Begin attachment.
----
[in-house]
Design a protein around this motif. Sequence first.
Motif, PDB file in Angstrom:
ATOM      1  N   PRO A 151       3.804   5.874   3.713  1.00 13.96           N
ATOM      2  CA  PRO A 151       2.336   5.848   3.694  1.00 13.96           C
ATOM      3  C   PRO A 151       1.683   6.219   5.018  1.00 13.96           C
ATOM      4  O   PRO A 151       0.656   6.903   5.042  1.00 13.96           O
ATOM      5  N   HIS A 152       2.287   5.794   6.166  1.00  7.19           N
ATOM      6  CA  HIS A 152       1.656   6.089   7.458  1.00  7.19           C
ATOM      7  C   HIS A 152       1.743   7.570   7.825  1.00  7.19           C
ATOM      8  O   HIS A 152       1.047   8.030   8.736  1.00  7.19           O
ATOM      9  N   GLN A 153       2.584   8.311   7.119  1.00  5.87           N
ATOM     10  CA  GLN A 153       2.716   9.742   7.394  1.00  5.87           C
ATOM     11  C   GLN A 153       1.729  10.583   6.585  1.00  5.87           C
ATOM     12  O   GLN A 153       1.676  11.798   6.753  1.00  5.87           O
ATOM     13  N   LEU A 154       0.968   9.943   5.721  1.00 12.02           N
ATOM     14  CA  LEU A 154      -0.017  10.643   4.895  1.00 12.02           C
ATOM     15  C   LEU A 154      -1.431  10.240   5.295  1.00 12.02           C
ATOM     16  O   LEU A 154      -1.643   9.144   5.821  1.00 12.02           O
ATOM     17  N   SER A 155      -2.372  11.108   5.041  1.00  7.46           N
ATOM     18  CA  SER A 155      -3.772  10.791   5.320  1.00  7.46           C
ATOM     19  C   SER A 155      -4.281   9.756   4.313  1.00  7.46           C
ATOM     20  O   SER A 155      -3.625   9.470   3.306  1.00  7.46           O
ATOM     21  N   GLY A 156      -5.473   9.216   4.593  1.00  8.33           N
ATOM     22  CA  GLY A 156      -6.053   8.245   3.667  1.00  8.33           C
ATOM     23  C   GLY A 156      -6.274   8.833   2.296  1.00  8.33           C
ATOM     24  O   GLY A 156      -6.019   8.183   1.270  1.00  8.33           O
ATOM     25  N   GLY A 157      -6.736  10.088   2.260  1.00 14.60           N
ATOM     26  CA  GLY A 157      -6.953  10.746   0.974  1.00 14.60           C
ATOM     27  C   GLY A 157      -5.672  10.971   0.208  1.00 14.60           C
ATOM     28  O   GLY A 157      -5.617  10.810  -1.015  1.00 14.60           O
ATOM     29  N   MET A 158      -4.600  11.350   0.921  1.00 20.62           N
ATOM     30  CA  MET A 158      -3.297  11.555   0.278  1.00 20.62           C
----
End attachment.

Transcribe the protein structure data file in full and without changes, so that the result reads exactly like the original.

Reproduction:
[in-house]
Design a protein around this motif. Sequence first.
Motif, PDB file in Angstrom:
ATOM      1  N   PRO A 151       3.804   5.874   3.713  1.00 13.96           N
ATOM      2  CA  PRO A 151       2.336   5.848   3.694  1.00 13.96           C
ATOM      3  C   PRO A 151       1.683   6.219   5.018  1.00 13.96           C
ATOM      4  O   PRO A 151       0.656   6.903   5.042  1.00 13.96           O
ATOM      5  N   HIS A 152       2.287   5.794   6.166  1.00  7.19           N
ATOM      6  CA  HIS A 152       1.656   6.089   7.458  1.00  7.19           C
ATOM      7  C   HIS A 152       1.743   7.570   7.825  1.00  7.19           C
ATOM      8  O   HIS A 152       1.047   8.030   8.736  1.00  7.19           O
ATOM      9  N   GLN A 153       2.584   8.311   7.119  1.00  5.87           N
ATOM     10  CA  GLN A 153       2.716   9.742   7.394  1.00  5.87           C
ATOM     11  C   GLN A 153       1.729  10.583   6.585  1.00  5.87           C
ATOM     12  O   GLN A 153       1.676  11.798   6.753  1.00  5.87           O
ATOM     13  N   LEU A 154       0.968   9.943   5.721  1.00 12.02           N
ATOM     14  CA  LEU A 154      -0.017  10.643   4.895  1.00 12.02           C
ATOM     15  C   LEU A 154      -1.431  10.240   5.295  1.00 12.02           C
ATOM     16  O   LEU A 154      -1.643   9.144   5.821  1.00 12.02           O
ATOM     17  N   SER A 155      -2.372  11.108   5.041  1.00  7.46           N
ATOM     18  CA  SER A 155      -3.772  10.791   5.320  1.00  7.46           C
ATOM     19  C   SER A 155      -4.281   9.756   4.313  1.00  7.46           C
ATOM     20  O   SER A 155      -3.625   9.470   3.306  1.00  7.46           O
ATOM     21  N   GLY A 156      -5.473   9.216   4.593  1.00  8.33           N
ATOM     22  CA  GLY A 156      -6.053   8.245   3.667  1.00  8.33           C
ATOM     23  C   GLY A 156      -6.274   8.833   2.296  1.00  8.33           C
ATOM     24  O   GLY A 156      -6.019   8.183   1.270  1.00  8.33           O
ATOM     25  N   GLY A 157      -6.736  10.088   2.260  1.00 14.60           N
ATOM     26  CA  GLY A 157      -6.953  10.746   0.974  1.00 14.60           C
ATOM     27  C   GLY A 157      -5.672  10.971   0.208  1.00 14.60           C
ATOM     28  O   GLY A 157      -5.617  10.810  -1.015  1.00 14.60           O
ATOM     29  N   MET A 158      -4.600  11.350   0.921  1.00 20.62           N
ATOM     30  CA  MET A 158      -3.297  11.555   0.278  1.00 20.62           C